Tonga, an island nation roughly 3,100 miles southwest of Hawaii, reported its first case of covid-19 since the pandemic began, according to New Zealand’s Stuff news outlet. The covid-positive person arrived on a flight from New Zealand and is reportedly in hotel quarantine, hopefully ensuring the disease doesn’t spread throughout the community.
Tonga’s Prime Minister Pohiva Tu’i’onetoa announced the covid-19 case on Friday and explained the unnamed person had arrived on a flight from Christchurch, New Zealand on Wednesday with 215 people.
Tonga, much like other countries in the South Pacific, including Australia and New Zealand, requires that people arriving internationally quarantine in hotels before they can travel freely within the country. In this case, that requirement has likely saved Tonga from widespread disease. The person arriving from New Zealand tested positive on Thursday while in quarantine at the Tanoa International Hotel.
New Zealand’s Ministry of Health told Stuff that the person who tested positive on Thursday had tested negative before they departed from Christchurch. The unnamed person was also fully vaccinated with Pfizer’s covid-19 vaccine and received their second dose about two weeks ago. The case is actively under investigation, according to Stuff.
The covid-19 vaccination rate in Tonga is just 31.7%, which is much higher than some South Pacific neighbors like Papua New Guinea which has vaccinated less than 2% of its population, but less than most wealthy countries. The U.S. covid-19 vaccination rate currently sits at a stubbornly low 58%, while other wealthy countries are around 70% fully vaxxed. Canada, for example, has a covid-19 vaccination rate of 74.2% and the UK is 67.9% fully vaccinated.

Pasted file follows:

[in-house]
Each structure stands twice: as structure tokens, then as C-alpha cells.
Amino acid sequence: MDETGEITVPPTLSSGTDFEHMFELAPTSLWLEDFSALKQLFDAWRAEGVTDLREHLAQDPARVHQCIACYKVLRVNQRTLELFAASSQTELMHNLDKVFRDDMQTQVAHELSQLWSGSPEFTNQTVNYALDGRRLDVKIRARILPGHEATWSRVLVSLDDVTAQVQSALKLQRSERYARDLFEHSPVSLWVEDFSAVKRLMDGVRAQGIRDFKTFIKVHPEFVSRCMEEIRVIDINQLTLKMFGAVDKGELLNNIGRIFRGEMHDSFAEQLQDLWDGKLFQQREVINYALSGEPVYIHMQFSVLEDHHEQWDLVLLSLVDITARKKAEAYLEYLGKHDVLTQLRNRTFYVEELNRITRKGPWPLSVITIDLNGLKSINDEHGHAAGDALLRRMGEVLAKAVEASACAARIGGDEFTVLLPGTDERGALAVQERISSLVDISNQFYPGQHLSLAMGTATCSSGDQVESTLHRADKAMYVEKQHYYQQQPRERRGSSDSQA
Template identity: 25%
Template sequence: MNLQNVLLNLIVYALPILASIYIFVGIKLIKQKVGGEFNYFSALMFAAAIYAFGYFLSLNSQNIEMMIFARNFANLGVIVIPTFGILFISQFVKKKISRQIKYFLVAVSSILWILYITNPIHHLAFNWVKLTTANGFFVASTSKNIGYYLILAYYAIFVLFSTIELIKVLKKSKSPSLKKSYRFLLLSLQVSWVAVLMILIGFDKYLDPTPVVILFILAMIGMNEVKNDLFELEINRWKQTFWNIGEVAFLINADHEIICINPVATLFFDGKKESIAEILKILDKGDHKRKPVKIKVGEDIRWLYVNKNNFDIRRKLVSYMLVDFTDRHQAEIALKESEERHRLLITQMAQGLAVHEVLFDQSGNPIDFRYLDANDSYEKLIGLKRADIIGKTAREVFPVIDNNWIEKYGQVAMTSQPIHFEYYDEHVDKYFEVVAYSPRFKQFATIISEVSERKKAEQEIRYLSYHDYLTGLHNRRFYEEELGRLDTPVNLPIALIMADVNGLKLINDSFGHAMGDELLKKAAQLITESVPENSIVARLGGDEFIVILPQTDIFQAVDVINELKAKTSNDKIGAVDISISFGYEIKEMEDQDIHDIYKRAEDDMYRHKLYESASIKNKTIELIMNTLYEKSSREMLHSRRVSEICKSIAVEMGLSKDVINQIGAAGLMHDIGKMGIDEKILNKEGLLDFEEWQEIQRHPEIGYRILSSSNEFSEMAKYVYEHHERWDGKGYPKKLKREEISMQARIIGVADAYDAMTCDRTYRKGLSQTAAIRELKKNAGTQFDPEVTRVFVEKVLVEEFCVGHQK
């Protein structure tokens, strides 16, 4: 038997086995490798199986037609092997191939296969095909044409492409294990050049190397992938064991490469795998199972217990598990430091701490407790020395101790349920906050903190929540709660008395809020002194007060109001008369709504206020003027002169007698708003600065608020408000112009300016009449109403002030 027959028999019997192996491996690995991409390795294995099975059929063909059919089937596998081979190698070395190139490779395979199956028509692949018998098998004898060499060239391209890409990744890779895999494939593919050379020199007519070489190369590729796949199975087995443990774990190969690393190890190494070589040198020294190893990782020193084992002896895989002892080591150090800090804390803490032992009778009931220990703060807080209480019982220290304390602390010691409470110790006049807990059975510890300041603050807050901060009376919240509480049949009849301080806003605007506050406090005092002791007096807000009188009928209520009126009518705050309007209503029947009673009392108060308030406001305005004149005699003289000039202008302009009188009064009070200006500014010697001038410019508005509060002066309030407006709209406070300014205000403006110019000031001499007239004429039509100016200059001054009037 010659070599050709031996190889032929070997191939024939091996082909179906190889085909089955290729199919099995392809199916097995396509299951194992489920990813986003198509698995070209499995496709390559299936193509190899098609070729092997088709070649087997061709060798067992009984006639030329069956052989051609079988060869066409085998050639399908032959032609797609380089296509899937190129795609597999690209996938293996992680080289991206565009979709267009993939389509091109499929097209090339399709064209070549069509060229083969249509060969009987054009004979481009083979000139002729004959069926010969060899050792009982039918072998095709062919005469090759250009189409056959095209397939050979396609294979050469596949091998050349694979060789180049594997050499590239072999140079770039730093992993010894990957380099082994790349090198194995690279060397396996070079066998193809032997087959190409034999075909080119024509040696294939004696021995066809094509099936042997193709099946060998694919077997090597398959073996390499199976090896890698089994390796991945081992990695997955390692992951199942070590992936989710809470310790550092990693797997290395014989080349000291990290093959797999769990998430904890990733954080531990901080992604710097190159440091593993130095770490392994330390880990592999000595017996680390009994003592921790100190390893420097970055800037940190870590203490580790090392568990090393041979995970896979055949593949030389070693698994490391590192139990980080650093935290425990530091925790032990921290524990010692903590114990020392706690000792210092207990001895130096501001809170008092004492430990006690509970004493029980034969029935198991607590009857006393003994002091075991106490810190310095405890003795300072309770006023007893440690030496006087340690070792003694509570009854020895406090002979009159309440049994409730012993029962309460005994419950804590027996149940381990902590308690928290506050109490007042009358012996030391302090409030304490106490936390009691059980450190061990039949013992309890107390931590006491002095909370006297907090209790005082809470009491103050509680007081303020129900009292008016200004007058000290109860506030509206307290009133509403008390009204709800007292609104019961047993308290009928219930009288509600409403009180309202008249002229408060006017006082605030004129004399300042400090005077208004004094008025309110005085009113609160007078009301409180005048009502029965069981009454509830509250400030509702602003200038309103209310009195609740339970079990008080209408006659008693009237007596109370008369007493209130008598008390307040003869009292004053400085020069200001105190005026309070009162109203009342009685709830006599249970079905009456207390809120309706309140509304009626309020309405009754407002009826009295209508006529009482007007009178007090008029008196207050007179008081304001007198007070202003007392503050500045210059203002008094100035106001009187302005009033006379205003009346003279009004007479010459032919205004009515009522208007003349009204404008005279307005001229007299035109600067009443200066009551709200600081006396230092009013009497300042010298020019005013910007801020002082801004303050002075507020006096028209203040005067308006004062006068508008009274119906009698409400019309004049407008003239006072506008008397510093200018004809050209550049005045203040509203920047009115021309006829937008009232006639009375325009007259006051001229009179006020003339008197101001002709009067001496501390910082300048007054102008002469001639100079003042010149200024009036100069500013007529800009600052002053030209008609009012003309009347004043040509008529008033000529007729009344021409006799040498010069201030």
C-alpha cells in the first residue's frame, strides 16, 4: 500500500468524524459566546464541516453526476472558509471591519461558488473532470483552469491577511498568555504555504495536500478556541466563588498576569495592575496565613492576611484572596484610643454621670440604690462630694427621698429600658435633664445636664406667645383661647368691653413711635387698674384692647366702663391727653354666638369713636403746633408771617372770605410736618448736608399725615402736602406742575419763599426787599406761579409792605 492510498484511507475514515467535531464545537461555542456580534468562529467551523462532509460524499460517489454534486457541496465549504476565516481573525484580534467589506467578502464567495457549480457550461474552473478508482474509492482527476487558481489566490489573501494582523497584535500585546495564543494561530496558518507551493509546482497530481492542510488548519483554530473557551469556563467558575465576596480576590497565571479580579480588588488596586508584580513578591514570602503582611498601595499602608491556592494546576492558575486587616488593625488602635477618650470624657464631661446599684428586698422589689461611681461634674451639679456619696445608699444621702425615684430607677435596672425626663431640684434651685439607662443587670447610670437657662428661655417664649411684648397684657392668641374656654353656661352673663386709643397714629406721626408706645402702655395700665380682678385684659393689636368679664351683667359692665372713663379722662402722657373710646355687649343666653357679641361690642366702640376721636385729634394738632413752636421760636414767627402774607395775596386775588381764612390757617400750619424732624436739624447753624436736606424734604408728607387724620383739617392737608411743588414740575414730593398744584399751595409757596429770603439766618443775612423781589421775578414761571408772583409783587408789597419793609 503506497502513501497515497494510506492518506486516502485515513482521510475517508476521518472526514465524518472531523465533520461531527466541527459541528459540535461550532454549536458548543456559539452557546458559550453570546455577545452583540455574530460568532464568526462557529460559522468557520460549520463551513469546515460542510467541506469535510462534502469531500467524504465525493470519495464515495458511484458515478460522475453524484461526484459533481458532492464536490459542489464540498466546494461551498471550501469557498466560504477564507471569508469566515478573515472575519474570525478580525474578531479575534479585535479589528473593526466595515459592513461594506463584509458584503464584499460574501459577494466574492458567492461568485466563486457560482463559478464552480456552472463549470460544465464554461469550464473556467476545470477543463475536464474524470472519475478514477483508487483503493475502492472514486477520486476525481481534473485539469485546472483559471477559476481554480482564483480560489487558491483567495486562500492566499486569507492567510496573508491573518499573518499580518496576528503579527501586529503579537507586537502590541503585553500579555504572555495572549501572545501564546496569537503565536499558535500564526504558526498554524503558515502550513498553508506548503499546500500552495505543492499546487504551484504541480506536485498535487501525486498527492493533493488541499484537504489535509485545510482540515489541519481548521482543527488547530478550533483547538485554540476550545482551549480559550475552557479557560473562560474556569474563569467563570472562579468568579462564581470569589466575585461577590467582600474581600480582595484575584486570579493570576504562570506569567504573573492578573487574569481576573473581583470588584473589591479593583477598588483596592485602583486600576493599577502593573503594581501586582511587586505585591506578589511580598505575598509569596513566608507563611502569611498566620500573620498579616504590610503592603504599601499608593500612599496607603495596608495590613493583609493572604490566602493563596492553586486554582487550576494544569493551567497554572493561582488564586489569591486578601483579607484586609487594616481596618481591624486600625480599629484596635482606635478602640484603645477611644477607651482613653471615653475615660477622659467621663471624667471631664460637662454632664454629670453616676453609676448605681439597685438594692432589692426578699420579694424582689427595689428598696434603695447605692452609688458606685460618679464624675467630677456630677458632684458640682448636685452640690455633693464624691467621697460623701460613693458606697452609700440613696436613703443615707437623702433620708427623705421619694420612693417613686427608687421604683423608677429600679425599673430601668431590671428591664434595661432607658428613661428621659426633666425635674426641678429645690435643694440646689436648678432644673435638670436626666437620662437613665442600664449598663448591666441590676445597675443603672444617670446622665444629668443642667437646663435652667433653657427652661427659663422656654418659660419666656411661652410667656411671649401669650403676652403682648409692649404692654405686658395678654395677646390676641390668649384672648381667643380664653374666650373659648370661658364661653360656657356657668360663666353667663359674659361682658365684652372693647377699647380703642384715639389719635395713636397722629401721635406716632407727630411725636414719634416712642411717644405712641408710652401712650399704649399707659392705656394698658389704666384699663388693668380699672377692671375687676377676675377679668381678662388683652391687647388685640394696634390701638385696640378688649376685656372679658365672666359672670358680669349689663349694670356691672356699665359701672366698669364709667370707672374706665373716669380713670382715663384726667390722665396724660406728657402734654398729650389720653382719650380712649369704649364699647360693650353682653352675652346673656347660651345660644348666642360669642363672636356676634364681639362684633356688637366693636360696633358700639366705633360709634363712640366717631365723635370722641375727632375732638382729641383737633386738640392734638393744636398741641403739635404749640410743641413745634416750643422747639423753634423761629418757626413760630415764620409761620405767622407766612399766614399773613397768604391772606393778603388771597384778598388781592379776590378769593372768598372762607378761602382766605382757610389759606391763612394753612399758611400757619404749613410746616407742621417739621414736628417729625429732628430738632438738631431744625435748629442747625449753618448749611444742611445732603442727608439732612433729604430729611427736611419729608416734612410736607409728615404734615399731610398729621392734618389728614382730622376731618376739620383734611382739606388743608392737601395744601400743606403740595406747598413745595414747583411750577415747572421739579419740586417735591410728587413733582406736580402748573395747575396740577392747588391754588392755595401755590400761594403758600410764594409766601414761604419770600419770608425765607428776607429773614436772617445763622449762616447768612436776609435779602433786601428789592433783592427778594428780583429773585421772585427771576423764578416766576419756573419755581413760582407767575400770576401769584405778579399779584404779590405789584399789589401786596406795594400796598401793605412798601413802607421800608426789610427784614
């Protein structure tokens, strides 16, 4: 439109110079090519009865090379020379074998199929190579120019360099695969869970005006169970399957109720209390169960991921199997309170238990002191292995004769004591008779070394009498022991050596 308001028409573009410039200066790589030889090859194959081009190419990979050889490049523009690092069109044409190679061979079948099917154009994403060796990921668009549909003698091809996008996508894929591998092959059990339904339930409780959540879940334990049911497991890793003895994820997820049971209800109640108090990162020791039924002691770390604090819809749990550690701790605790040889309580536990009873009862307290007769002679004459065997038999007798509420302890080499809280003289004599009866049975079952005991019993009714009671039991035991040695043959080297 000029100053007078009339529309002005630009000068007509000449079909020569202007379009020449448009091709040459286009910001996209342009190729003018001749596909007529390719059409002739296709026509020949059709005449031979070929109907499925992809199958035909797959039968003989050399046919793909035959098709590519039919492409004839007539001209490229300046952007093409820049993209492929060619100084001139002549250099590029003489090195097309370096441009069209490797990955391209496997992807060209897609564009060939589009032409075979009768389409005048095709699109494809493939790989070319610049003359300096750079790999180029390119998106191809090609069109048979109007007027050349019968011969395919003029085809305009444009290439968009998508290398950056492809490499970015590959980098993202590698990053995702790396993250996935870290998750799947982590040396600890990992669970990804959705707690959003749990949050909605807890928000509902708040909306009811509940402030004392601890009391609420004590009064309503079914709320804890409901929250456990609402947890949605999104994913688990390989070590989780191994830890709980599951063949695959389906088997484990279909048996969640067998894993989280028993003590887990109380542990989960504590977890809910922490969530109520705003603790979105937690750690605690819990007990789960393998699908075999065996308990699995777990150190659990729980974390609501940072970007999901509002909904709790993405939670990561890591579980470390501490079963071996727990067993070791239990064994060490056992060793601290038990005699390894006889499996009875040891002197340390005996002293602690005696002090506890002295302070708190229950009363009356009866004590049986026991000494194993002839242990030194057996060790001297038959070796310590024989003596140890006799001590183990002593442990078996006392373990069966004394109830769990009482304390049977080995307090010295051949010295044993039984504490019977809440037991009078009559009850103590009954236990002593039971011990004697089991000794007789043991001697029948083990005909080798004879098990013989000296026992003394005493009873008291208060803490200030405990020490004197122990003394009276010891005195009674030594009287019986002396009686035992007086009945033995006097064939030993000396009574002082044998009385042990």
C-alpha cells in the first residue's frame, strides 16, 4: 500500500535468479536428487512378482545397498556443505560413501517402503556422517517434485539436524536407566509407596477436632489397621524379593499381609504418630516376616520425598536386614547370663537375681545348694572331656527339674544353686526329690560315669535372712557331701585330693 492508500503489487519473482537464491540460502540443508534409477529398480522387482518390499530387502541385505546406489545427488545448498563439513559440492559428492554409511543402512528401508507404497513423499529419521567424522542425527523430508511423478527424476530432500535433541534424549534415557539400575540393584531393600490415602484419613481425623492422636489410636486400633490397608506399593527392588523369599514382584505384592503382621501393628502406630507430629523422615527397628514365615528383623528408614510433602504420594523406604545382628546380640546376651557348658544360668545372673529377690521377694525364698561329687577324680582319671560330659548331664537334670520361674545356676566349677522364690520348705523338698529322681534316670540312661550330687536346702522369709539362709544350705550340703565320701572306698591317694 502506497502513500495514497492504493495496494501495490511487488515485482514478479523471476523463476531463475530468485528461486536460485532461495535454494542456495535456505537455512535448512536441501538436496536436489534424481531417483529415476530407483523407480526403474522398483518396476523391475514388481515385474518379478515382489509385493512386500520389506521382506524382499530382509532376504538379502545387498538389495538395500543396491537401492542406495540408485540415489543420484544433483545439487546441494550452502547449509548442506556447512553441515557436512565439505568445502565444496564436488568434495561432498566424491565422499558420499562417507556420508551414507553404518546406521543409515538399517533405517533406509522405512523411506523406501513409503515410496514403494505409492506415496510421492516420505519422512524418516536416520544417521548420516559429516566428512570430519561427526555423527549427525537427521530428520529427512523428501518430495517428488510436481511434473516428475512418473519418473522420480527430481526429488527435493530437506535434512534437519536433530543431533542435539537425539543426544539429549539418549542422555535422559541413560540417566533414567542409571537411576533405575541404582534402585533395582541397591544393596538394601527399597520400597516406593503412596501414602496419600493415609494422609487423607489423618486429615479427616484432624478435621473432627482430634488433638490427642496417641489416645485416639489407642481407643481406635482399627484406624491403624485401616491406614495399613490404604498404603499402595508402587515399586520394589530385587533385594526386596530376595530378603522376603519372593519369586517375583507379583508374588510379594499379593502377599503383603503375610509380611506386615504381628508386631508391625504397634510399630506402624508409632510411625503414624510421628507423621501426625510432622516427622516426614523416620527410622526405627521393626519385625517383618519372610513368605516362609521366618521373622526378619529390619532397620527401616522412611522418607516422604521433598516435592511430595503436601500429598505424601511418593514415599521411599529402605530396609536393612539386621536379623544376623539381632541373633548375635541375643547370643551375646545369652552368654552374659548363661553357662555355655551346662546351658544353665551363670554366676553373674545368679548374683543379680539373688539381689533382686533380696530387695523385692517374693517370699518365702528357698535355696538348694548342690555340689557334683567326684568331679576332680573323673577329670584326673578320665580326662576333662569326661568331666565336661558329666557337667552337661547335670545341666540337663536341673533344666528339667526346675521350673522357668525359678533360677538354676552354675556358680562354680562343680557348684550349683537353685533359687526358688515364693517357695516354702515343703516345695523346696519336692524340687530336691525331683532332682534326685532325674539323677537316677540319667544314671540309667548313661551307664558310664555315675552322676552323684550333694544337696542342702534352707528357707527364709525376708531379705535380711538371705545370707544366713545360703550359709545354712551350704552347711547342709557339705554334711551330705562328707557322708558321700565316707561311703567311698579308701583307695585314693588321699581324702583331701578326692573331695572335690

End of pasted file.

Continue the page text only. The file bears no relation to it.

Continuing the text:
An immunologist in New Zealand warned Stuff that the results could be terrible if the case imported into Tonga isn’t properly contained.
“Tonga has been one of a group of countries within the Pacific region that has managed to protect its people by keeping the virus out of the country for so long,” New Zealand’s Dr. Dianne Sika-Paotonu told Stuff.
“If this case is not contained, the potential consequences for the Tongan nation will be catastrophic.”